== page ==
According to a feeding study published in the Organic Systems Journal – pigs fed a combination of genetically modified corn and soy suffer more frequent severe stomach inflammation and enlargement of the uterus than those fed a non-GM diet. Lead Researcher Judy Carman of Flinders University in Australia says the five-month study combined real on-farm conditions with strict scientific controls. Carman says pigs were used not only because we eat them – but also because we share similar digestive systems with the animal. According to Carman – we need to investigate if people are also getting digestive problems from eating GM crops.


The study found that the average rate of severe stomach inflammation was nearly three times as high in pigs eating genetically modified crops. The rate was four times higher for male pigs eating a GM diet. The conclusion of Carman and her colleagues is that it would be prudent for GM crops destined for human food and animal feed to undergo long-term animal feeding studies preferably before commercial planting – particularly for toxicological and reproductive effects.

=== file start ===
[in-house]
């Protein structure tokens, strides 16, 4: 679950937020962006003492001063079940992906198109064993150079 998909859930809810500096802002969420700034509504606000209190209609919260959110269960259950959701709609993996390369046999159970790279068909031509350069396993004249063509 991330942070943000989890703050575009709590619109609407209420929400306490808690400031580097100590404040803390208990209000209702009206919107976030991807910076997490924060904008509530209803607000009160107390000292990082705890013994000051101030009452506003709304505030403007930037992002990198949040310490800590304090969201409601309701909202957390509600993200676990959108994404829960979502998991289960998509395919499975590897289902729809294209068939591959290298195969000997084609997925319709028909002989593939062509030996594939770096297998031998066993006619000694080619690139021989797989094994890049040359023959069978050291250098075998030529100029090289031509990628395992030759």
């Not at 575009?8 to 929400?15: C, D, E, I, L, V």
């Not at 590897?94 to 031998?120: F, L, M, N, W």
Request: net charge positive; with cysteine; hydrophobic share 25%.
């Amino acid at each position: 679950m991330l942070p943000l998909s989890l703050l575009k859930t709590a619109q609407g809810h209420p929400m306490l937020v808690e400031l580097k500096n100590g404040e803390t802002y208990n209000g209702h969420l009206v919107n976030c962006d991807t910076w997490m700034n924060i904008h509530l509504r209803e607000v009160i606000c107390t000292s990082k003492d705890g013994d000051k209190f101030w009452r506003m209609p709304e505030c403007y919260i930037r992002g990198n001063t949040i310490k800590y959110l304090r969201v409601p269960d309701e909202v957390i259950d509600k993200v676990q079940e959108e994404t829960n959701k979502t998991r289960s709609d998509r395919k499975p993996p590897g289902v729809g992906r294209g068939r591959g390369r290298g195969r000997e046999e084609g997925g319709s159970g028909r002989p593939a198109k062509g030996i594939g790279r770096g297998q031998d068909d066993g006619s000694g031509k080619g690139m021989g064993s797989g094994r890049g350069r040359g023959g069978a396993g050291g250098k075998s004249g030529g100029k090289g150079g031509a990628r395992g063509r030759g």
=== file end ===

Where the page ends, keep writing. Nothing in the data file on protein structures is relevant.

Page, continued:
Monsanto is questioning why the study focused on uterine size and stomach inflammation rather than body weight and feed conversion. The company said those factors are routinely used as endpoints in health assessments and have been measured in hundreds of studies where GM crops have been fed to poultry and livestock with no negative effects.

Carman admits her findings on weight and feed efficiency largely matched those of Monsanto”s. Then they went further and dug deeper. That”s when she says they found significant evidence of harm from eating GM crops. But Monsanto representative Thomas Helscher says many of the differences in health outcomes were within normal range – adding that given the ages of the pigs, the author”s speculation about differing uterine weights might be the result of pigs in estrus. Carman says that can”t be the case – as pigs were randomized before they began their diet.

BIO Director of Animal Biotechnology David Edwards is questioning the study”s methodology. He also notes that overall stomach inflammation was more common in non-GM fed pigs. Also – while researchers say they used a combination of GM grains to mirror how most hogs are fed – Edwards says the combination muddies the specific origin of the outcome.

The study has already been used in testimony to support labeling of products with genetically modified ingredients in Massachusetts.